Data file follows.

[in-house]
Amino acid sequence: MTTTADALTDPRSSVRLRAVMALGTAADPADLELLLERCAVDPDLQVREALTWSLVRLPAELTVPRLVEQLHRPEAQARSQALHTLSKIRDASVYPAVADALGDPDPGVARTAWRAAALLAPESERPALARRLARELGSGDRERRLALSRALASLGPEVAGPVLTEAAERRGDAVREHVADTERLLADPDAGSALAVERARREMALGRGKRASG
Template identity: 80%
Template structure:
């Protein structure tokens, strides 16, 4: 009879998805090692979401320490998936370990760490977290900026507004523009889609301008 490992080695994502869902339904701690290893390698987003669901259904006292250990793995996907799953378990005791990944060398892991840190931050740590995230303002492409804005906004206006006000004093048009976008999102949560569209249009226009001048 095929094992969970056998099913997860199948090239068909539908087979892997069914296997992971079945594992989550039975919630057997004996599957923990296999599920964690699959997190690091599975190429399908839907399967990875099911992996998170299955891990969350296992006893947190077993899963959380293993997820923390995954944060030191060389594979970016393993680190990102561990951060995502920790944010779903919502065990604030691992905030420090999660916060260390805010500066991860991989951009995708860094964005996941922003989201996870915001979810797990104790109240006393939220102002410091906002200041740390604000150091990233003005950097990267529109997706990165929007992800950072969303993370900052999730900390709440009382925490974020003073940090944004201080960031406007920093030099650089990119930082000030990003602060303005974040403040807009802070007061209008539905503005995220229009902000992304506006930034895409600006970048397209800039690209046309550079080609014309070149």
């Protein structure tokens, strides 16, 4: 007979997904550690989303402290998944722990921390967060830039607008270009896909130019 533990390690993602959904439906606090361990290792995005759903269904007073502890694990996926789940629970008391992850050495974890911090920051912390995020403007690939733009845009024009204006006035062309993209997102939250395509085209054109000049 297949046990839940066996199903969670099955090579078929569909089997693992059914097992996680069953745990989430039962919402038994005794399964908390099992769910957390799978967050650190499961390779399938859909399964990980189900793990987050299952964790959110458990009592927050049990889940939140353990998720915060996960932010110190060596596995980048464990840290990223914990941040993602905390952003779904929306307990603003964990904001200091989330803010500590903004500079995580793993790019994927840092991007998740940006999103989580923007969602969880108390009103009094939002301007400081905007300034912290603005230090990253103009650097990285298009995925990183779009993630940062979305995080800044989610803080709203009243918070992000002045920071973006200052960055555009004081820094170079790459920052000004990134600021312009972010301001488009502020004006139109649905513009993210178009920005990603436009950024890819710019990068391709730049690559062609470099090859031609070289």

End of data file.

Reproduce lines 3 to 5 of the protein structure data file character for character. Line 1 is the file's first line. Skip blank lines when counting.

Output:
Template identity: 80%
Template structure:
């Protein structure tokens, strides 16, 4: 009879998805090692979401320490998936370990760490977290900026507004523009889609301008 490992080695994502869902339904701690290893390698987003669901259904006292250990793995996907799953378990005791990944060398892991840190931050740590995230303002492409804005906004206006006000004093048009976008999102949560569209249009226009001048 095929094992969970056998099913997860199948090239068909539908087979892997069914296997992971079945594992989550039975919630057997004996599957923990296999599920964690699959997190690091599975190429399908839907399967990875099911992996998170299955891990969350296992006893947190077993899963959380293993997820923390995954944060030191060389594979970016393993680190990102561990951060995502920790944010779903919502065990604030691992905030420090999660916060260390805010500066991860991989951009995708860094964005996941922003989201996870915001979810797990104790109240006393939220102002410091906002200041740390604000150091990233003005950097990267529109997706990165929007992800950072969303993370900052999730900390709440009382925490974020003073940090944004201080960031406007920093030099650089990119930082000030990003602060303005974040403040807009802070007061209008539905503005995220229009902000992304506006930034895409600006970048397209800039690209046309550079080609014309070149």